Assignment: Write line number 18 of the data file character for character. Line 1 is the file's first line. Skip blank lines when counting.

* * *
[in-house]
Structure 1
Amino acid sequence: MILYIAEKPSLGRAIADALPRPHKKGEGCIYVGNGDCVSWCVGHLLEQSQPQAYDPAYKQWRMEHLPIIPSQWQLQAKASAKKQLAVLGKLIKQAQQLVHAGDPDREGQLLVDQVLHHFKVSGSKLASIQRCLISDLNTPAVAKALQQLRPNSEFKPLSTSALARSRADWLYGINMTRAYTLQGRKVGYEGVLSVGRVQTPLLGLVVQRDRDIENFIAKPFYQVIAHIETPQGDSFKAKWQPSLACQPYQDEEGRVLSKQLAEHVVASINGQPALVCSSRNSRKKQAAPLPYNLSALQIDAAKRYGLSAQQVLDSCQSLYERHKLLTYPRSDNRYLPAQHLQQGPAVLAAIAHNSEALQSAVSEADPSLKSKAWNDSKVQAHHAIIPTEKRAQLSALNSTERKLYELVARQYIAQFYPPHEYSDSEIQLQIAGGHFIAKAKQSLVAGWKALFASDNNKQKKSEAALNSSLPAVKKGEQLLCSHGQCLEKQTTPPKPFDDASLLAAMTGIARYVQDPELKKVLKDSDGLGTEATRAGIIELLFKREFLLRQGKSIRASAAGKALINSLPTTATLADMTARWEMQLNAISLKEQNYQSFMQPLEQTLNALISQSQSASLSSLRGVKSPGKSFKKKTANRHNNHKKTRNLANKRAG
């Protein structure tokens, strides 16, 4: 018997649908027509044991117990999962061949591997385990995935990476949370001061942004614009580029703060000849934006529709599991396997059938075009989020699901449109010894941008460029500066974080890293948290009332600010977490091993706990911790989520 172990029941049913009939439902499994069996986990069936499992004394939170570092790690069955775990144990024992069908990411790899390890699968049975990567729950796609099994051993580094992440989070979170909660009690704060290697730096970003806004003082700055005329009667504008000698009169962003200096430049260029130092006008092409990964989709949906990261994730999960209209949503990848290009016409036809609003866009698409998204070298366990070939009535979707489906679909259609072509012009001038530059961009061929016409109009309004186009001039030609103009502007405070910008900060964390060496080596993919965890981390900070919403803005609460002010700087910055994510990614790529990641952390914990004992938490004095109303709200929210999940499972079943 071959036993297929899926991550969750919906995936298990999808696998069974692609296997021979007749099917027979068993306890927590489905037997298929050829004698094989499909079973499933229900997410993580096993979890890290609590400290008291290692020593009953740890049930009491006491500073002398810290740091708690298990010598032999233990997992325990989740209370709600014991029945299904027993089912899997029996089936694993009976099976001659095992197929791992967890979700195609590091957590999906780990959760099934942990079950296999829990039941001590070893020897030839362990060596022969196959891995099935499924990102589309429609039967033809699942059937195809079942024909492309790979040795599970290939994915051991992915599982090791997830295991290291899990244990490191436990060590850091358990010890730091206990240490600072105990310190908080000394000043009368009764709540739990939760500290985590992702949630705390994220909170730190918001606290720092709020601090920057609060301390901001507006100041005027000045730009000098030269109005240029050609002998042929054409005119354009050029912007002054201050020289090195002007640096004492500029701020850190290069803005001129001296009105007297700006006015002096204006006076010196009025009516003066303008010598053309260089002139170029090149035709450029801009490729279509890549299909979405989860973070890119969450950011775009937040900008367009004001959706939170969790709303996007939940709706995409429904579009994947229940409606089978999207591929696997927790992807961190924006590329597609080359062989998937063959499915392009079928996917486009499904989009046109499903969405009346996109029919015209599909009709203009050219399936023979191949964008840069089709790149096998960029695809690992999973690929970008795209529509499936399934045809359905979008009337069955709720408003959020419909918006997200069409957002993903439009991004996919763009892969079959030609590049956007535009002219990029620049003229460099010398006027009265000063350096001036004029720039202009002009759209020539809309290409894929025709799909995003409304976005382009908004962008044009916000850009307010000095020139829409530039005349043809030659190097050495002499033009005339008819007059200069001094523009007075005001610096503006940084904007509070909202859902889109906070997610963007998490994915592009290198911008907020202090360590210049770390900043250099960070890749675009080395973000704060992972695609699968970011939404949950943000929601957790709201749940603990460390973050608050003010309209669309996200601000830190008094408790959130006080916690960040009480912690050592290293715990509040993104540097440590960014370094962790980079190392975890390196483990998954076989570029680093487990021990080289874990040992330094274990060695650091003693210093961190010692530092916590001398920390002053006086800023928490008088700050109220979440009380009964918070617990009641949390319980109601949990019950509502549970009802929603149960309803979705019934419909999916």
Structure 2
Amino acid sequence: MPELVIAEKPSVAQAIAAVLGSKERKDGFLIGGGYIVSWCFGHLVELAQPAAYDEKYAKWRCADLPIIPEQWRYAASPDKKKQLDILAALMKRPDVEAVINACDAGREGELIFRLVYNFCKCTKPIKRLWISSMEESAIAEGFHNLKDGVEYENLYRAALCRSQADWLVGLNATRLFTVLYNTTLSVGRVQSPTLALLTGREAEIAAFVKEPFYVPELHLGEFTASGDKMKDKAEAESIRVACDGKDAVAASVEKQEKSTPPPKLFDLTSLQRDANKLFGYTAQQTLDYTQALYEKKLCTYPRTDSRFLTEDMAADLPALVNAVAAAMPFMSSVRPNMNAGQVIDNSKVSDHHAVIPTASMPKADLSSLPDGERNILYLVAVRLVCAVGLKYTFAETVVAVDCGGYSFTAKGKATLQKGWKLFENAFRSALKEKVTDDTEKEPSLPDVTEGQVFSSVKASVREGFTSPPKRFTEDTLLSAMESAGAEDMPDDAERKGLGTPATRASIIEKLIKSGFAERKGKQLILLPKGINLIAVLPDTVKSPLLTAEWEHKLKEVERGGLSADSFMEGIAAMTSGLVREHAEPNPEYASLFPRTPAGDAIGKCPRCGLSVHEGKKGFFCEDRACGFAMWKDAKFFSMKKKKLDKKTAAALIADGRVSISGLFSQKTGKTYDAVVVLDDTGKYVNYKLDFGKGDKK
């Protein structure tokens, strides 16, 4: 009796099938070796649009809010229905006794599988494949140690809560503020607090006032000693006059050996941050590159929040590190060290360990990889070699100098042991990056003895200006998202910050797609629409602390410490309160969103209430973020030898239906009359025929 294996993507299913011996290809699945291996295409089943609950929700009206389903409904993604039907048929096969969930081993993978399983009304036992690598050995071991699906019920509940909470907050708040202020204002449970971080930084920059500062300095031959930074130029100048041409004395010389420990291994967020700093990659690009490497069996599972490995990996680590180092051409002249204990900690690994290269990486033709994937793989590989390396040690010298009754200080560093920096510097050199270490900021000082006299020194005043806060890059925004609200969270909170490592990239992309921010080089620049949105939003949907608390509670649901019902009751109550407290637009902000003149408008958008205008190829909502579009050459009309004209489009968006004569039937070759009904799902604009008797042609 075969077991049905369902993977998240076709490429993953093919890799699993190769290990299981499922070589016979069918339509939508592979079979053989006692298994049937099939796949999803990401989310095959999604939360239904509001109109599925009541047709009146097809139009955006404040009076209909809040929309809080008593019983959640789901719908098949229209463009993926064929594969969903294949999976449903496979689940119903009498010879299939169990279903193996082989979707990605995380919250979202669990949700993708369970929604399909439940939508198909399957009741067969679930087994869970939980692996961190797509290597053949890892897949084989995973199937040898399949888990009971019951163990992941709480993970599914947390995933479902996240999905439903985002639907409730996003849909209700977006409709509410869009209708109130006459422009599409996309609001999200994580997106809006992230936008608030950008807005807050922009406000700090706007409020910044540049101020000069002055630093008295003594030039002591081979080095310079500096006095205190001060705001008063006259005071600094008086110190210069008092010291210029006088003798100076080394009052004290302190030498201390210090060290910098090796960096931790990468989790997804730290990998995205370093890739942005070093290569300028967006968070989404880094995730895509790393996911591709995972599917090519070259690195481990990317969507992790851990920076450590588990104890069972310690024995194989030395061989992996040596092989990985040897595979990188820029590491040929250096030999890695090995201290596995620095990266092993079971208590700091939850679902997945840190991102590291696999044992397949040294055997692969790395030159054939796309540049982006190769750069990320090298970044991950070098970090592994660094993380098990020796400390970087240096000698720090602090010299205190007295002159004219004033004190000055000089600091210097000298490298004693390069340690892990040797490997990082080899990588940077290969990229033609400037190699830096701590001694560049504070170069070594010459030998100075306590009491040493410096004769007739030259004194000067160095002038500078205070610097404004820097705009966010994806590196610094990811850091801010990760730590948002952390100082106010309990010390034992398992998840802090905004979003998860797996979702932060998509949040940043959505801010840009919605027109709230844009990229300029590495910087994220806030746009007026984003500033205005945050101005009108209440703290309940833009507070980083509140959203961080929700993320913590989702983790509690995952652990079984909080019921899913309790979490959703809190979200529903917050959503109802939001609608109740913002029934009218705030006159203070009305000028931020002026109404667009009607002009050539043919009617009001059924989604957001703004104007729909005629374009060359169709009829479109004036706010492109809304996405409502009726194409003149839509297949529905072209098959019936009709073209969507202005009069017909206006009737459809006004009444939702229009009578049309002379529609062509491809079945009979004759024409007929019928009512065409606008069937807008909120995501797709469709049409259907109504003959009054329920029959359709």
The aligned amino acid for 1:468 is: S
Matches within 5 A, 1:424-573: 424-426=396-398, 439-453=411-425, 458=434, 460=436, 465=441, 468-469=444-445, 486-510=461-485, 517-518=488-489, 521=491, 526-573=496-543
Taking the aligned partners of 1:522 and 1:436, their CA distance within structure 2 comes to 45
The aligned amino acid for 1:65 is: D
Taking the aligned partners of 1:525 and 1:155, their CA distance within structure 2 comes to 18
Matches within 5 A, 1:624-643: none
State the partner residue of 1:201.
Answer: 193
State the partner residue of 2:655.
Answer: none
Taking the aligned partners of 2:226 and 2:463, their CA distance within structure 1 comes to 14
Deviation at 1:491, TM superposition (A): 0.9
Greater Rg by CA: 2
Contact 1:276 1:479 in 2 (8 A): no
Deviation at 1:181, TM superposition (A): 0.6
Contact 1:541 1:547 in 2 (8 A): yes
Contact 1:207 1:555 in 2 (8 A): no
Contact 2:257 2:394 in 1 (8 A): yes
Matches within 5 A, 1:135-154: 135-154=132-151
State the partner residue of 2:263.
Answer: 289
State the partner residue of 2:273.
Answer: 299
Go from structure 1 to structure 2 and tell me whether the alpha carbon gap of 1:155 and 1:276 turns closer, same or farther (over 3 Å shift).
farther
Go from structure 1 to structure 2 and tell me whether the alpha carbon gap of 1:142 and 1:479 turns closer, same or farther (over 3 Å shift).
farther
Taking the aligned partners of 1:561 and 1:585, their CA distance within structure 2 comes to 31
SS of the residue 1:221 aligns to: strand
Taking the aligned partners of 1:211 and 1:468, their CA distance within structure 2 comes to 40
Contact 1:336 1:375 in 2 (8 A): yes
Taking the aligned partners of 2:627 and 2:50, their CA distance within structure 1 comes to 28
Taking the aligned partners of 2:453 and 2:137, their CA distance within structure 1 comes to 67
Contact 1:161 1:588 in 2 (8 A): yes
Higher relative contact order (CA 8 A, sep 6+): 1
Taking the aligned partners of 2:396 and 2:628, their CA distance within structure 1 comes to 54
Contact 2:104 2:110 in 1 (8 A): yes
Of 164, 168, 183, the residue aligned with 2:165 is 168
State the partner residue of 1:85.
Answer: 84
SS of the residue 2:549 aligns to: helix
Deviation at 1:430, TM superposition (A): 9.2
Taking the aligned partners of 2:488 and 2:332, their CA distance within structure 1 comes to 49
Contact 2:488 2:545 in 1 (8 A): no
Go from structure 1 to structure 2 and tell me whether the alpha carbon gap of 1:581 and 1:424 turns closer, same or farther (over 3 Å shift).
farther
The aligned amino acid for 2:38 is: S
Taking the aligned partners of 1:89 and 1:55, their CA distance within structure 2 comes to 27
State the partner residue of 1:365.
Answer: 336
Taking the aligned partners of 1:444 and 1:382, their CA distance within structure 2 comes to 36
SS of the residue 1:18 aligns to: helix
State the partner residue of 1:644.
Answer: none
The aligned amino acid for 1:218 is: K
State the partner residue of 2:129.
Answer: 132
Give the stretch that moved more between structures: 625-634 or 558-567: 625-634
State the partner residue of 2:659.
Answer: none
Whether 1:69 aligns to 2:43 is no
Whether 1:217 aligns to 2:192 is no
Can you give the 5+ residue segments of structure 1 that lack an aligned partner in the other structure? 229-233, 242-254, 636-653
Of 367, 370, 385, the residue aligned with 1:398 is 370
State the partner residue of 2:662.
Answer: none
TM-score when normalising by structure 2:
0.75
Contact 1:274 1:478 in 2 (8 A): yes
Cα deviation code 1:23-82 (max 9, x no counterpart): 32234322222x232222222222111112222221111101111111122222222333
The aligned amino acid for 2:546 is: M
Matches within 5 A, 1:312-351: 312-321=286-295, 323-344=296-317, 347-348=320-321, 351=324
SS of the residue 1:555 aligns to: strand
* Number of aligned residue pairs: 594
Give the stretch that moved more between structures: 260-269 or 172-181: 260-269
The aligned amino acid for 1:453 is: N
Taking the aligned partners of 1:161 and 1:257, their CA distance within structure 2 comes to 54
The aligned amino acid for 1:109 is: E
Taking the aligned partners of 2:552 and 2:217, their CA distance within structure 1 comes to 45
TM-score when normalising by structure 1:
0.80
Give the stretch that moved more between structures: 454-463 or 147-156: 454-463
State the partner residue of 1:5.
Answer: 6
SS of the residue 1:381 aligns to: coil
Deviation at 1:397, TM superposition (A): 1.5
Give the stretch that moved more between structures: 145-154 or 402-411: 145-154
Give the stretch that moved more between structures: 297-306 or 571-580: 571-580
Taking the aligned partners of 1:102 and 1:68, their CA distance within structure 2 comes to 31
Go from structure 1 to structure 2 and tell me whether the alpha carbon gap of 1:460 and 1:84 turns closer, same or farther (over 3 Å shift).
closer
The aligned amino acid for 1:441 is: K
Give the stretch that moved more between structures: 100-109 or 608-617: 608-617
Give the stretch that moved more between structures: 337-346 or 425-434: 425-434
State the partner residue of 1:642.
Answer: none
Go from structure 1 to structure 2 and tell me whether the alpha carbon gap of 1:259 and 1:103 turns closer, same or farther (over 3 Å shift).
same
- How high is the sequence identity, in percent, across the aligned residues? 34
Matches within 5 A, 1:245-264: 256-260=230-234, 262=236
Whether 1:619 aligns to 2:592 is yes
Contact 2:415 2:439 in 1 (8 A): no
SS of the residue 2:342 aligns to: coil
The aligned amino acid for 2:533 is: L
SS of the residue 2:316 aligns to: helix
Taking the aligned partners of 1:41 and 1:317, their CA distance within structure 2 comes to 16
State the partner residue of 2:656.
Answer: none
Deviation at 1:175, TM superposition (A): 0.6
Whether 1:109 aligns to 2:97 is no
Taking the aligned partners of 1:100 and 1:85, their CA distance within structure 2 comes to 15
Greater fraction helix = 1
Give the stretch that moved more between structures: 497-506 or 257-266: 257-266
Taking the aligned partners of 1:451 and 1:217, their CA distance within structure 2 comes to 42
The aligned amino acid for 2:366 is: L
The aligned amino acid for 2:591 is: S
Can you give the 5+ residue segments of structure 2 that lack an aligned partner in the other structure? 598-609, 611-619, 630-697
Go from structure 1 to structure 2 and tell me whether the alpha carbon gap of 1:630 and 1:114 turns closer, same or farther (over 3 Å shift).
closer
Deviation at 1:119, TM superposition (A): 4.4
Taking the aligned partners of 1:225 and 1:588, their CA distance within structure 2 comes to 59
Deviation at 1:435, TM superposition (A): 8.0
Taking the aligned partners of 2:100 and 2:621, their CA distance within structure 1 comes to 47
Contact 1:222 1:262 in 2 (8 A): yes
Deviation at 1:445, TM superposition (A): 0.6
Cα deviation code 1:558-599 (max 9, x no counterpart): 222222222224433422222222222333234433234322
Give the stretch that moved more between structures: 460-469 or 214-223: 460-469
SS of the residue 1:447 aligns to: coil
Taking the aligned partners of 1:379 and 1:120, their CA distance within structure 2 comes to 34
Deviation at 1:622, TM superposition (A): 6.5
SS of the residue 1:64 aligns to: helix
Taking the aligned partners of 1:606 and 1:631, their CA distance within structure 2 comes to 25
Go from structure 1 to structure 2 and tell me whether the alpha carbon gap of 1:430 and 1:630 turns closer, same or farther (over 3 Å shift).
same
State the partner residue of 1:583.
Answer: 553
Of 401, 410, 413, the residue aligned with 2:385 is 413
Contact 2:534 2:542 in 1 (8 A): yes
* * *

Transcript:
Taking the aligned partners of 2:226 and 2:463, their CA distance within structure 1 comes to 14